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War reporter recalls 'worst moment of my life' covering fighting in Haiti

By Clark Gregor
Special to


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ARLINGTON, Va. — Reporting on U.S. involvement in Haiti's civil war "was the worst moment of my life," USA TODAY reporter Tom Squitieri said.

U.S. troops had just arrived in 1994 to restore overthrown President Jean-Bertrand Aristide to power. "The pro-Aristide side and the anti-Aristide side met in a street clash with guns and machetes, rocks and all sorts of weapons," Squitieri said. "It was like the last gasp of the fighting."

He and a photographer ducked behind a porch. "Just before we went down, we saw some poor Haitian guy sort of frozen in the street, so we just grabbed him and pulled him to safety with us."

They waited until the scene had cleared. As they rose from hiding, some of the rebels turned and came back toward the trio.

One man "had a pistol and was preparing to aim right at me, and I knew he was going to shoot me," Squitieri said. He waved his hands to distract the man, then jumped out of the way. The gun fired, killing the Haitian man the journalists had just saved.

War correspondents often face such quandaries, trying to decide whether to help those around them or remain as eyewitnesses. "It's an ethics issue. We're not supposed to be involved; we're supposed to be observers and reporters," Squitieri said. But "most of us are [at times] confronted with, 'I'm a human as well as being a reporter.' "

Squitieri said that he hoped his work would improve the outcome of violent conflicts. He said the impact of his work was evident after his Haiti story ran. "[The story] really capsulated the (U.S. soldiers') frustration, and because of that incident and the news stories of that whole day, it prompted the U.S. military to take a stronger hand and bring order."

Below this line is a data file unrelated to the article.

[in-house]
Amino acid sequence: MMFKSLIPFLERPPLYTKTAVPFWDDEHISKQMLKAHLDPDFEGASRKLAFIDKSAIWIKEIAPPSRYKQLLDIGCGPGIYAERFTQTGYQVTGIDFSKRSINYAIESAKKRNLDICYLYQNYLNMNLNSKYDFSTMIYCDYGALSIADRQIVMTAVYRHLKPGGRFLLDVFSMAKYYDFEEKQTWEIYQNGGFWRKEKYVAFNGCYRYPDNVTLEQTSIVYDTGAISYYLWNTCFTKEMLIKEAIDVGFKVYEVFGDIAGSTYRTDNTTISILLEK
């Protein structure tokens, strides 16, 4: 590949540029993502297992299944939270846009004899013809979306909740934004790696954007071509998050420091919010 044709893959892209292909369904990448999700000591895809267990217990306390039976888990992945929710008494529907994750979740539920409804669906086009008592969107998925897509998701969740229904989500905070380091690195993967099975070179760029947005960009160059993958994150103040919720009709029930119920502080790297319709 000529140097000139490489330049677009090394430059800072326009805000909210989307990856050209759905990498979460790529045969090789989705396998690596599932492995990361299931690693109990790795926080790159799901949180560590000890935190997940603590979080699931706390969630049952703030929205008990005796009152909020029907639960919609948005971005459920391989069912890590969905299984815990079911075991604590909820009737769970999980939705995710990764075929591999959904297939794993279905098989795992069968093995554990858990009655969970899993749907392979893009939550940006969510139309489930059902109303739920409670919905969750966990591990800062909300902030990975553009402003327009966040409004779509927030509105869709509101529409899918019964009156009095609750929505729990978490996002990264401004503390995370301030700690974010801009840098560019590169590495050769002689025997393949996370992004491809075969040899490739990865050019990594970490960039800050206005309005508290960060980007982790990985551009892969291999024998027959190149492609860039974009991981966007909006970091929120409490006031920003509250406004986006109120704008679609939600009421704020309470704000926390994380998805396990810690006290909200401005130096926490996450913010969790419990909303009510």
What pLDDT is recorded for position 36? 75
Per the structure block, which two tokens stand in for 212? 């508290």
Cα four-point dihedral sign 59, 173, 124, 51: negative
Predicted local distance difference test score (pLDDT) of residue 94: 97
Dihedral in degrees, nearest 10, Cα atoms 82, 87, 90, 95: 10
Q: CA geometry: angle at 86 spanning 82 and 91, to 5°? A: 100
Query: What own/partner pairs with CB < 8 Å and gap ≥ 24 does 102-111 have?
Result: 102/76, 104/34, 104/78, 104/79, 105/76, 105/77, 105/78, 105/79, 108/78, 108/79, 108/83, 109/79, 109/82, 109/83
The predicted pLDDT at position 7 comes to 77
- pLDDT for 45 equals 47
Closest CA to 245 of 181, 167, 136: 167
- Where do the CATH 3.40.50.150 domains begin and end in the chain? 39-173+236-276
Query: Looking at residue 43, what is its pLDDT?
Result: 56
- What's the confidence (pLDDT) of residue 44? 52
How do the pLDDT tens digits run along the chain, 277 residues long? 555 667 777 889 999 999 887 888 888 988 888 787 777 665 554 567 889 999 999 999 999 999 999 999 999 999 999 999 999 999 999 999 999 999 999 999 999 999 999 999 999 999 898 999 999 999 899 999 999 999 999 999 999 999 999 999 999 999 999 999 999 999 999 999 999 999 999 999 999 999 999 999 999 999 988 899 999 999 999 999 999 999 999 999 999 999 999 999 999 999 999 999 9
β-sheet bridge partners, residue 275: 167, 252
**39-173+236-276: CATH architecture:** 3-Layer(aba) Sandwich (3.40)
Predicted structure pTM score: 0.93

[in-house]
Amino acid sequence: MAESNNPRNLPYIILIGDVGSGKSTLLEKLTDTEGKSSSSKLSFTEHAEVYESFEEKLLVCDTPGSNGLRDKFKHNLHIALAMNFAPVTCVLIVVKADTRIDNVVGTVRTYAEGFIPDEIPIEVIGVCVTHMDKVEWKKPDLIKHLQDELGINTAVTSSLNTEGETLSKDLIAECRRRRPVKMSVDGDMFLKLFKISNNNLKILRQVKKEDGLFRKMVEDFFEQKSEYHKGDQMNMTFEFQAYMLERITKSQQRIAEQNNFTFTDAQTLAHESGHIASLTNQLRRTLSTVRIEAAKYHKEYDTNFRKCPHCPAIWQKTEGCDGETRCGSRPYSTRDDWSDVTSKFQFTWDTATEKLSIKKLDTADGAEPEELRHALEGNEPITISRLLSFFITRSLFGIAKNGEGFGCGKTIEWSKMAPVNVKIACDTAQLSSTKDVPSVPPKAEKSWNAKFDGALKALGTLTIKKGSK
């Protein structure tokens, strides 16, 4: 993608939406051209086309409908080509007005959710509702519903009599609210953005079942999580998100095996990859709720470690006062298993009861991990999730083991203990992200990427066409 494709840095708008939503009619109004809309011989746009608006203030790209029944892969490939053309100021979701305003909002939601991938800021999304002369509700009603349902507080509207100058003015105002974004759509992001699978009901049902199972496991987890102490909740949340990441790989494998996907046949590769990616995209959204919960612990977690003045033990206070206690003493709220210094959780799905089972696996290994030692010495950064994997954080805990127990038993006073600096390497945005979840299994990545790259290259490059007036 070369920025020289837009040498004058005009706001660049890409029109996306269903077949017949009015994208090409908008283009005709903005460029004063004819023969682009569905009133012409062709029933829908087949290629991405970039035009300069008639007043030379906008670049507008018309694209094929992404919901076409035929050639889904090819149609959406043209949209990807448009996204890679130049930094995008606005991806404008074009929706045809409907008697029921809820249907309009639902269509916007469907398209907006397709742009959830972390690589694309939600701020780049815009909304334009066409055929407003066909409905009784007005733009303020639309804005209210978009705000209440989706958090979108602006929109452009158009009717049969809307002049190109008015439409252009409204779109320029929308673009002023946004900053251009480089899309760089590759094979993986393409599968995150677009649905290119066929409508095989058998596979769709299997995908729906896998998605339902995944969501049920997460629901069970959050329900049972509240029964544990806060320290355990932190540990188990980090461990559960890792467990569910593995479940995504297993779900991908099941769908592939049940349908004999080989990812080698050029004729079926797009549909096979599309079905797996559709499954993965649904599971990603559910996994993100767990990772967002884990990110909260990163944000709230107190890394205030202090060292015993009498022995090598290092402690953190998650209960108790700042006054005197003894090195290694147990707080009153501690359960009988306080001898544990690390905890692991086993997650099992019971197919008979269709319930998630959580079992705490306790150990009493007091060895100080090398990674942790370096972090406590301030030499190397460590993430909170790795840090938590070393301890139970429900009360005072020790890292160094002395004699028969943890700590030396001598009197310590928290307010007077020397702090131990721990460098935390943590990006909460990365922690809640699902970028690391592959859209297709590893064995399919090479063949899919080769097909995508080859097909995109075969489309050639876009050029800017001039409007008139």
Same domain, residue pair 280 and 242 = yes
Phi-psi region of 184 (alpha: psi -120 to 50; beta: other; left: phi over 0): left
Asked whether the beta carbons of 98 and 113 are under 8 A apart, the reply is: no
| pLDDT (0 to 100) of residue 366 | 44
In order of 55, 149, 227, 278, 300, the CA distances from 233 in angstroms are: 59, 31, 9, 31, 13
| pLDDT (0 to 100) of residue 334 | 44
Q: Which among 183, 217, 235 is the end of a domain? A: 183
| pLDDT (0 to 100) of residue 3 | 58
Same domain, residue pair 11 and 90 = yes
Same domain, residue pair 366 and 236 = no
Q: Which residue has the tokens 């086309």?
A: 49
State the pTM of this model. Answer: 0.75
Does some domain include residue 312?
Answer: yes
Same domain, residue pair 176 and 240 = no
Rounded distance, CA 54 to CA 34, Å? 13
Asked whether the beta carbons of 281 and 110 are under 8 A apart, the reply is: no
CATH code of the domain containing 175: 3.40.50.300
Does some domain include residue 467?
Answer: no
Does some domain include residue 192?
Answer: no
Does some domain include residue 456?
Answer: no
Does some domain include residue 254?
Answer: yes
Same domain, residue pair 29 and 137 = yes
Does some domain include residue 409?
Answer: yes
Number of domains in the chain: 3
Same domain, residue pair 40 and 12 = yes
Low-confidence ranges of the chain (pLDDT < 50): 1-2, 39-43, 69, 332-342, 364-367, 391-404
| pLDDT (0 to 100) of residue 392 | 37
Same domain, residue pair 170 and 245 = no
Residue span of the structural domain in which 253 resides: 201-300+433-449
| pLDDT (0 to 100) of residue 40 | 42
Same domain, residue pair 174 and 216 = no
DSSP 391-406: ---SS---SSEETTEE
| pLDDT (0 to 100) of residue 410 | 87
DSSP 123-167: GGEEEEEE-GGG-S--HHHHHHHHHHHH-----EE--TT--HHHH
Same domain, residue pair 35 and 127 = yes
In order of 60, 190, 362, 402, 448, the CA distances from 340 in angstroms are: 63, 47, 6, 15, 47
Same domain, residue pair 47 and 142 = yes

When covering foreign conflicts, reporters also face the challenge that many Americans consider foreign news inconsequential. Squitieri tries to "write about the people involved in the conflict and stay away from the politics, which often go back years and years."

"While it is relevant to why that conflict is occurring today, to get readers to understand and empathize with those people, I try to find common traits [that] people can associate with," he said. "My theory is that when a baby is crying, that baby doesn't cry in Serbian or Croatian or Bosnian; it's just crying. And any parent — any person — can understand that," he added.

Seeing the scourge of war so close motivates reporters to write good stories, but it also makes it more difficult to be objective. "Objectivity is different than recognizing who's good and who's bad," Squitieri said. "Put the story in the paper, and let the readers decide. That's where it takes experience and professionalism to paint both sides of the story fairly and let the readers make their judgment [about] the people operating in extremely difficult circumstances."

The Sept. 22 program was held in conjunction with the Newseum's exhibit, War Stories, on display through Nov. 11.


War Stories events coverage
Coverage of discussions relating to Newseum's War Stories exhibit.  07.31.01